Why This Vehicle?
Rolls-Royce Phantom IIs are big cars and the bodies are frequently formal, upright and staid. Gurney Nutting was one of the few coachbuilders who produced elegant attractive bodies that still draw admiration decades later. They were responsible for the very attractive 3-position cabriolet, built on the shorter Continental chassis, that was the basis for the Pocher Sedanca kit.
One version of that Gurney Nutting design is this fixed head coupe with its fake folding roof (faux cabriolet). The lines are particularly sleek, yet the design manages to convey an image of respectability as well as elegance and speed. Only a handful were built.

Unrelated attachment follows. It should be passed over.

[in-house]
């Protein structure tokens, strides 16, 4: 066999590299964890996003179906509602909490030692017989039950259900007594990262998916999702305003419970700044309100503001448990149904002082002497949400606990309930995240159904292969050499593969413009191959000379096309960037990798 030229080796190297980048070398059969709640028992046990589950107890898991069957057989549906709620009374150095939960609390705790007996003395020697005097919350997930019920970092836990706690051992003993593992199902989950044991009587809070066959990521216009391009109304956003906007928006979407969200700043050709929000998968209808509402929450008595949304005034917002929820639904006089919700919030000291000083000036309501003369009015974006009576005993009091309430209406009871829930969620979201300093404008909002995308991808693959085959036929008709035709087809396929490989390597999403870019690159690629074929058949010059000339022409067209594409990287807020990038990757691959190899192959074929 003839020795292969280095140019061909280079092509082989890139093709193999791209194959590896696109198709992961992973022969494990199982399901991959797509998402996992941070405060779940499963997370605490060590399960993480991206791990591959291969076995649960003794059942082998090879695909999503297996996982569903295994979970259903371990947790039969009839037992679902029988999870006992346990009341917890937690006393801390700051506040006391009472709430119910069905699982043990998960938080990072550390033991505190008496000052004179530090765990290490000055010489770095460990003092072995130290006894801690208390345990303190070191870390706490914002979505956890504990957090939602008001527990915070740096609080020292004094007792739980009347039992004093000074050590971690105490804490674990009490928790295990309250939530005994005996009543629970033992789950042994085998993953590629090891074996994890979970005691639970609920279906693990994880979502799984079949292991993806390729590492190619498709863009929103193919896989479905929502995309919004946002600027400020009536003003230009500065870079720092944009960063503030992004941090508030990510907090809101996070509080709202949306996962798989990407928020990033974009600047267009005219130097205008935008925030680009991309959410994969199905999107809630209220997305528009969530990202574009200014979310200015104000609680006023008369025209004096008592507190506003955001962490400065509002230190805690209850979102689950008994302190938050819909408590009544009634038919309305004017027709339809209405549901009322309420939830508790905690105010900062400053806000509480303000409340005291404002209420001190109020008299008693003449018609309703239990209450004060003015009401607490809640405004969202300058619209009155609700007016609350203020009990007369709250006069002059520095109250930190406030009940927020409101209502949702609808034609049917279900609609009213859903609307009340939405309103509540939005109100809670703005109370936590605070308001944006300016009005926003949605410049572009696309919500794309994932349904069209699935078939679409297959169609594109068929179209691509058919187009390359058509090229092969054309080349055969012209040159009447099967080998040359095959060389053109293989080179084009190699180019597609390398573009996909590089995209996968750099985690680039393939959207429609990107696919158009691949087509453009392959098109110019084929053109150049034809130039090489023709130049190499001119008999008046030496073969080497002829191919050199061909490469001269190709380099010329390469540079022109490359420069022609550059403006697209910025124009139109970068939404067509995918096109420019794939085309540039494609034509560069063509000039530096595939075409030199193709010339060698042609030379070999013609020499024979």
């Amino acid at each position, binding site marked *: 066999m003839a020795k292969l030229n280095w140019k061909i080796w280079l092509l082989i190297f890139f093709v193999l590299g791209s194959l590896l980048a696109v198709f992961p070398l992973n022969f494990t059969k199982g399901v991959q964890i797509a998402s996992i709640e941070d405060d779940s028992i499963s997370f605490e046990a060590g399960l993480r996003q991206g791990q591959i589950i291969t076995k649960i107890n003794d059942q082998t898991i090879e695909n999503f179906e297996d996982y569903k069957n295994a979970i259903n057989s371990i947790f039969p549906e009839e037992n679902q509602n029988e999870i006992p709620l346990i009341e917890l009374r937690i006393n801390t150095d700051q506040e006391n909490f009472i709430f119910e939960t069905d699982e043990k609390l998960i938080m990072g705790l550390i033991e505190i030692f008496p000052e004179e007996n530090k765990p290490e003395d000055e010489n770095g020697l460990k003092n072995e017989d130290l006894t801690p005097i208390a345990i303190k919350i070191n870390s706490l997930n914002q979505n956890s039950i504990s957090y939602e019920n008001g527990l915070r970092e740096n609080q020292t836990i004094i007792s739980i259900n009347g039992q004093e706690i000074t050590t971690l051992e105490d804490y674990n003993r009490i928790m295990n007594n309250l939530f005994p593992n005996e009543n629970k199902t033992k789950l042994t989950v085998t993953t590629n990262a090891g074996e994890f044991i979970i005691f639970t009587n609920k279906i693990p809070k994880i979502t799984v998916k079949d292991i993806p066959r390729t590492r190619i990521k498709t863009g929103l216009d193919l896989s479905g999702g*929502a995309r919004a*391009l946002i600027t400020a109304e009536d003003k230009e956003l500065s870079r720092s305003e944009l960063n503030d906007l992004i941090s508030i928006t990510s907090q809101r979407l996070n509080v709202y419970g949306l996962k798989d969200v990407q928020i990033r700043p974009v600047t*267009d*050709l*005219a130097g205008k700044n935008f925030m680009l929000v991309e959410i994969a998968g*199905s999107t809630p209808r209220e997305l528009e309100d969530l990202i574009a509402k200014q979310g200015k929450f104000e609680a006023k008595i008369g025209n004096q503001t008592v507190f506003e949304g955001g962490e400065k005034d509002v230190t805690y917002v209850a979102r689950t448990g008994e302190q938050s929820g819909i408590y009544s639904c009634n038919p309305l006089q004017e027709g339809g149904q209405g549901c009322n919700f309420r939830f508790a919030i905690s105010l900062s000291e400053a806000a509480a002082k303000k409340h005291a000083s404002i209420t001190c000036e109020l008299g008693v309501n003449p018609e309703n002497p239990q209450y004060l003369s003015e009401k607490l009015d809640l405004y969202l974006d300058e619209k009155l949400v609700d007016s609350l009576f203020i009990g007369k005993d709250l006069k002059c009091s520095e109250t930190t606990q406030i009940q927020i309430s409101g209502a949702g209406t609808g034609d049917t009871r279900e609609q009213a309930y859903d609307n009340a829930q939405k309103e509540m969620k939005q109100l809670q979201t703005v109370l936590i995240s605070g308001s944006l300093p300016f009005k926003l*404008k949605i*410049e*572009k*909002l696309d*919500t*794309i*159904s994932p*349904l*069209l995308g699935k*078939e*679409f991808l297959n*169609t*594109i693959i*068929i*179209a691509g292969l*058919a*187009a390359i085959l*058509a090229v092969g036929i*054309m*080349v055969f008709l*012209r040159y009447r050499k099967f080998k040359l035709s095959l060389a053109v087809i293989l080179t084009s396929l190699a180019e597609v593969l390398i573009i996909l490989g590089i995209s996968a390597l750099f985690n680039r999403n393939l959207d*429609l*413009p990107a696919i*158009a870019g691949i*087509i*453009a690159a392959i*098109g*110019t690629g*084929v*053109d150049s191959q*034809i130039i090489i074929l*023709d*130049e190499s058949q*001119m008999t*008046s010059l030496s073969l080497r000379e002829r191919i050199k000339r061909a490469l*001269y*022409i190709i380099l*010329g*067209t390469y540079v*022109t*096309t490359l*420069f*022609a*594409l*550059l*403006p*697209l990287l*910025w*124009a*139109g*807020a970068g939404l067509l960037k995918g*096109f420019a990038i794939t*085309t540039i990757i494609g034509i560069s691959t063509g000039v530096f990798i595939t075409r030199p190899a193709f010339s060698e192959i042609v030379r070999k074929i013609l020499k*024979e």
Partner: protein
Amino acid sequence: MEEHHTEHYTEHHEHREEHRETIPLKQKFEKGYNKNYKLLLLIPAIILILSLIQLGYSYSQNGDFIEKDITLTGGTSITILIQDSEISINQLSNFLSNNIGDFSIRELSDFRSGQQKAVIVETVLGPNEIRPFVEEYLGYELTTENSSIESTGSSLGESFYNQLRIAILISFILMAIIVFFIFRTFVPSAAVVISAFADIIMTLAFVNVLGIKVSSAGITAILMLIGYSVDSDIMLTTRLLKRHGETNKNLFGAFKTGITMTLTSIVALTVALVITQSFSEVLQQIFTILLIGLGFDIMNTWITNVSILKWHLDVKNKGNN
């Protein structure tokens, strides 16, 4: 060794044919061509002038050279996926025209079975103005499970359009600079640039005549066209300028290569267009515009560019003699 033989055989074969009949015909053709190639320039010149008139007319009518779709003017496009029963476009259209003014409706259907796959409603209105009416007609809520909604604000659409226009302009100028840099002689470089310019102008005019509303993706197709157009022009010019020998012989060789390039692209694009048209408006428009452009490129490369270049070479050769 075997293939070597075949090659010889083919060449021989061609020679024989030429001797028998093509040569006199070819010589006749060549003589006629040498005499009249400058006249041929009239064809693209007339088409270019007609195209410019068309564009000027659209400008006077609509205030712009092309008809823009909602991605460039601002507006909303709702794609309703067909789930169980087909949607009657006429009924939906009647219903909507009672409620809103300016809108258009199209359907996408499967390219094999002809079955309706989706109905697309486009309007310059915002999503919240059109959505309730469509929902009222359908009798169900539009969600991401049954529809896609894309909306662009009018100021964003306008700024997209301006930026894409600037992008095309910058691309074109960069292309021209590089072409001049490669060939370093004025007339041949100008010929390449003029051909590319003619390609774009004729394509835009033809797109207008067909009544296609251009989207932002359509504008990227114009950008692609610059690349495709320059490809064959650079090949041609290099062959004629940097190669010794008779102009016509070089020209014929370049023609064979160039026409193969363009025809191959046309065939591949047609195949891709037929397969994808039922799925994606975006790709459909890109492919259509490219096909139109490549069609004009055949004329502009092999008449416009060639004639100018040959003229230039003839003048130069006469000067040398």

The design is very similar to one registered by Captain Owen whose business, H.R. Owen, usually handled the sale of Gurney Nutting cars. Owen considered the Gurney Nutting body to be a copy of his own design but an infringement lawsuit was never pursued. Not surpringly, though, the sale of this particular vehicle was handled by Jack Barclay.
Chassis number 170 MY, on which my model is based, was sold on 4 March 1933 to Sir Hugo Cunliffe-Owen who was chairman of the British-American Tobacco Company. He was clearly a man of taste.
Personally, I find this design to be one of the most satisfying of all the Phantom II bodies. There is a flow and coherence to the lines which is exceptional. Since this was likely going to be the last Rolls-Royce I built, it also seemed fitting to pick something that was particularly pleasing to the eye..